SMITH, Joseph (1805-1844) – JACOBS, Henry. Autograph document signed, (“Henry Jacobs Justice of the peace”), to Ray County, Mo. Sherriff B.J. Brown, [Richmond], Ray County, Mo., 12 November 1838. Endorsed by Sherriff Brown on verso, 25 November 1838.
SMITH, Joseph (1805-1844) – JACOBS, Henry. Autograph document signed, (“Henry Jacobs Justice of the peace”), to Ray County, Mo. Sherriff B.J. Brown, [Richmond], Ray County, Mo., 12 November 1838. Endorsed by Sherriff Brown on verso, 25 November 1838.
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SMITH, Joseph (1805-1844) – JACOBS, Henry. Autograph document signed, (“Henry Jacobs Justice of the peace”), to Ray County, Mo. Sherriff B.J. Brown, [Richmond], Ray County, Mo., 12 November 1838. Endorsed by Sherriff Brown on verso, 25 November 1838.

Details
SMITH, Joseph (1805-1844) – JACOBS, Henry. Autograph document signed, (“Henry Jacobs Justice of the peace”), to Ray County, Mo. Sherriff B.J. Brown, [Richmond], Ray County, Mo., 12 November 1838. Endorsed by Sherriff Brown on verso, 25 November 1838.

Two pages. 220 x 190mm.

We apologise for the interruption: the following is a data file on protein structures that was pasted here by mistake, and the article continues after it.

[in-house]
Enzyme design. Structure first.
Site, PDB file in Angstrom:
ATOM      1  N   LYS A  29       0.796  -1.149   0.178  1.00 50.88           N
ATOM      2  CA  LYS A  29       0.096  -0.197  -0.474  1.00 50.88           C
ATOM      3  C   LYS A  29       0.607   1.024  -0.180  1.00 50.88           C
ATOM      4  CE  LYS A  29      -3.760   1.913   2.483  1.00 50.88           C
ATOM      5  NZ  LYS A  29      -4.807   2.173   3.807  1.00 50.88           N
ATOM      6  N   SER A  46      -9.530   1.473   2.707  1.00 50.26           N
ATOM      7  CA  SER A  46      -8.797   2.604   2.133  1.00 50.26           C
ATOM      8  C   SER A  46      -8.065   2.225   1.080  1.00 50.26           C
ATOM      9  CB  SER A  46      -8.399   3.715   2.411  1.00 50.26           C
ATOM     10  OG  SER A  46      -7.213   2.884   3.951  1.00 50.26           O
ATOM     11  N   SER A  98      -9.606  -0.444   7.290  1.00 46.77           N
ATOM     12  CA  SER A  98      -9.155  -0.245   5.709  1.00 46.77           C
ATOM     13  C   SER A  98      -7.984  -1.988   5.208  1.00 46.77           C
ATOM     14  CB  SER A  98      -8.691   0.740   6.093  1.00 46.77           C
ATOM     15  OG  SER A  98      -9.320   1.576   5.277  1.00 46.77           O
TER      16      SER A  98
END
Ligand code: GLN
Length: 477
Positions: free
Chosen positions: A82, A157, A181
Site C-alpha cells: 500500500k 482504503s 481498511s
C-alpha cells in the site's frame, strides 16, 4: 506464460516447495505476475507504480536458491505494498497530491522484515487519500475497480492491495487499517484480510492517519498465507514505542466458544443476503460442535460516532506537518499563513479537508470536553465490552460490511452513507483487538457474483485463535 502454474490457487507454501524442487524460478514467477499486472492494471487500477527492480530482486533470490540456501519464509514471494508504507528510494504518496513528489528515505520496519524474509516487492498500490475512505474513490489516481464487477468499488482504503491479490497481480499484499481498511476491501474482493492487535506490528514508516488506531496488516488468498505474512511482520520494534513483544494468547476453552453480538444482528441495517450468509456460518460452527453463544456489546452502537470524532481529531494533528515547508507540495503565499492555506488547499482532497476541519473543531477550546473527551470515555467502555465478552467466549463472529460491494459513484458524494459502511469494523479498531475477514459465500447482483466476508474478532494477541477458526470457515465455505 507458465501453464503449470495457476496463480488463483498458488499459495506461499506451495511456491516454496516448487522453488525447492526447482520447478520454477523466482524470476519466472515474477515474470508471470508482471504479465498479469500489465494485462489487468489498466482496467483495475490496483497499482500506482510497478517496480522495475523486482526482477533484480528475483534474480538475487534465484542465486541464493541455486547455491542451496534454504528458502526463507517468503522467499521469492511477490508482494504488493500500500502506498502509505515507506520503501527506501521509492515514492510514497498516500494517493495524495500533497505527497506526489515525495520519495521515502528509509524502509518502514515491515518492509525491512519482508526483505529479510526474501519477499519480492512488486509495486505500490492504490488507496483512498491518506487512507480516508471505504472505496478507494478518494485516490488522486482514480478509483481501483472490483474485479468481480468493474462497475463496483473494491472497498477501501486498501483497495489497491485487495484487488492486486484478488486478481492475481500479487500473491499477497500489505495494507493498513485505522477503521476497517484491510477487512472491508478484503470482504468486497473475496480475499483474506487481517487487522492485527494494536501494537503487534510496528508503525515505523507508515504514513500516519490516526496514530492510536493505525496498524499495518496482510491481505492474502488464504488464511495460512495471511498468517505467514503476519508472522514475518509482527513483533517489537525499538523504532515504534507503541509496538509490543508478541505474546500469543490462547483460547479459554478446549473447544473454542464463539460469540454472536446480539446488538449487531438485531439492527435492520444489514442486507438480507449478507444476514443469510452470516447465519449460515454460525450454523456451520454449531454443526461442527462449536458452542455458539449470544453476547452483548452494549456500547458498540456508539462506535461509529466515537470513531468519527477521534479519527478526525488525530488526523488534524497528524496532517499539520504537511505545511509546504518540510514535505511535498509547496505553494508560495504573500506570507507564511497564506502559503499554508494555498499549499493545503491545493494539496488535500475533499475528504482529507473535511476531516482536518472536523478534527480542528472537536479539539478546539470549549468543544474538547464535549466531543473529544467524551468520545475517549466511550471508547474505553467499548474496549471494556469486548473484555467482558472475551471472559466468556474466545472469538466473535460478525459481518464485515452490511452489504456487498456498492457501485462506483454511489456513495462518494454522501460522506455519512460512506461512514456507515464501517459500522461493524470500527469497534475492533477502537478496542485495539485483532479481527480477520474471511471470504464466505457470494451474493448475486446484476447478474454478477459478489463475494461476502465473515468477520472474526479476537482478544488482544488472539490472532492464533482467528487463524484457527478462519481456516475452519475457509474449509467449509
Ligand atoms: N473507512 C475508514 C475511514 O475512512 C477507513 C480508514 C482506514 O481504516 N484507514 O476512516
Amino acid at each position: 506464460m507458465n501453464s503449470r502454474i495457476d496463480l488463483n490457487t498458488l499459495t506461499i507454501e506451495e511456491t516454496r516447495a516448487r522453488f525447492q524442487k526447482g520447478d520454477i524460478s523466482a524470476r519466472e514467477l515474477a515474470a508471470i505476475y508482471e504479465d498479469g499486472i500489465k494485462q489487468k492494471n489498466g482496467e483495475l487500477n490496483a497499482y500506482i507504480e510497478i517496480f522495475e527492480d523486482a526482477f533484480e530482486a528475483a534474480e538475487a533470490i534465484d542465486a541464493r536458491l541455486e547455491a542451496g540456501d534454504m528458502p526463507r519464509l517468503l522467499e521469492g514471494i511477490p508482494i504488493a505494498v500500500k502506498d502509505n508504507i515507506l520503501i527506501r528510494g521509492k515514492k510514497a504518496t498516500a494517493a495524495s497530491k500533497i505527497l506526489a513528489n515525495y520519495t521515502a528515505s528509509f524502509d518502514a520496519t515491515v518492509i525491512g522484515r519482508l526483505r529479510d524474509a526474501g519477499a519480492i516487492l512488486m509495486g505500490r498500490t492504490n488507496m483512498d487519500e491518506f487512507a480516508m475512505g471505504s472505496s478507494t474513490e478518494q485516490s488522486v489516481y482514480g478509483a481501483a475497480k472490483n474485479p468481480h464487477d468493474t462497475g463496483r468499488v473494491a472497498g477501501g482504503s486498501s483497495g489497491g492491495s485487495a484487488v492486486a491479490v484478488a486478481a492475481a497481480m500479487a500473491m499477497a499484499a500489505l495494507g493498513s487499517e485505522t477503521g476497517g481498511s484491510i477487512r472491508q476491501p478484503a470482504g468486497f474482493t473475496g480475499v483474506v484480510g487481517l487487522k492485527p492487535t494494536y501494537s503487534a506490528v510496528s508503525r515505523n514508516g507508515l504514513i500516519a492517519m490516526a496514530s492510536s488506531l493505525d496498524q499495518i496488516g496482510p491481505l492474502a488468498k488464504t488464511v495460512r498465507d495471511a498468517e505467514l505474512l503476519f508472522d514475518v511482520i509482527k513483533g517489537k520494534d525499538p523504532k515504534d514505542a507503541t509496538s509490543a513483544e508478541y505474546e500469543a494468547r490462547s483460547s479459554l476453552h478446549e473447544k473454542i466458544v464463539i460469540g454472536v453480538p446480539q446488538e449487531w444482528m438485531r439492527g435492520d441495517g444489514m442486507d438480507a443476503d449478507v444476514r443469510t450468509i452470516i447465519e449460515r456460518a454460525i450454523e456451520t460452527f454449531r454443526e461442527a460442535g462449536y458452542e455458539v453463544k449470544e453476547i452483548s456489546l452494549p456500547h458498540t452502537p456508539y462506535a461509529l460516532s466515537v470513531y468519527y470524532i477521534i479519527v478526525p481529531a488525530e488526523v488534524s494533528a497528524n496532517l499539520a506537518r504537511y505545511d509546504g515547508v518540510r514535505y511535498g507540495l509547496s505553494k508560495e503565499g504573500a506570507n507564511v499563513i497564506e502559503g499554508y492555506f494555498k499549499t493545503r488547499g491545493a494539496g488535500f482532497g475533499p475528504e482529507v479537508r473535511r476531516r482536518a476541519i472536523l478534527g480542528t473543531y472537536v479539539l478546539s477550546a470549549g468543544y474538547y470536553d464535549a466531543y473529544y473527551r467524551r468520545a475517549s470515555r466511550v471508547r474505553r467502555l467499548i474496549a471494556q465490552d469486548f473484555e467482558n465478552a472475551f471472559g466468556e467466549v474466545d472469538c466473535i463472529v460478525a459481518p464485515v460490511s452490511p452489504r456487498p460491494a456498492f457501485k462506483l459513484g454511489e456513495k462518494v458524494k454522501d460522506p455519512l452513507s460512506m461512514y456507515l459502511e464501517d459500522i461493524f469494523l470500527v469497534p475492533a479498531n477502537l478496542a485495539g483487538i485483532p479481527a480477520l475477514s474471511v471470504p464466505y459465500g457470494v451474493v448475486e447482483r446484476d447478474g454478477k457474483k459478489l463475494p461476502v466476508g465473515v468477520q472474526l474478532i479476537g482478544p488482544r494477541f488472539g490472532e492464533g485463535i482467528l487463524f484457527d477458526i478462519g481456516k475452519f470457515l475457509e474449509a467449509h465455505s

The manuscript summons for witnesses to testify against the Prophet Joseph Smith and his fellow prisoners at the conclusion of the Mormon War of 1838. At the conclusion of three months of hostilities in Missouri during the summer of 1838 that became known as the “Mormon War,” Governor Lilburn Boggs signed an executive order authorizing the state militia to subdue and expel Mormons from the state. Joseph Smith was one of the first to be arrested and was nearly executed after a hastily assembled military court found him guilty of treason. Fortunately for Smith, cooler heads prevailed, and Smith, among other Mormon leaders were transferred to a series of civilian jails as they awaited trial. On 9 November 1838, Smith and his fellow defendants arrived in Richmond, Missouri to stand trial. The preliminary trial began on the 12th and lasted until the end of the month. During the trial, Justice of the Peace Henry Jacobs issued the following summons for witnesses to testify in favor of the prosecution: “you are hereby commanded to summon John Whitmore David Whitmore F G. Williams George W. Henkle William W Phillips John Taylor John Clemson Wyatt Cravins John Caroll and Reed Peck ... [to] appear before A. A. King Judge of our Ray Circuit Court on monday [sic] at ten o clock.... to testify the truth of there [sic] knowledge tuching [sic] a certain matter in controversy before the said Judge depending between the State of Missouri plaintiff and Joseph Smith and others Defendant on the part of the plaintiff...” On the verso Ray County Sherriff endorses the summons, noting he was able to summon all the men named save for “F. J. Williams” who “was not to be found in Ray County”. The court determined that probable cause existed to charge Smith with treason and he, and other fellow Mormon leaders, spent the next several months in jail awaiting trial. He and his companions escaped custody in April 1839 and rejoined his followers on the banks of the Mississippi in Illinois to establish Nauvoo.
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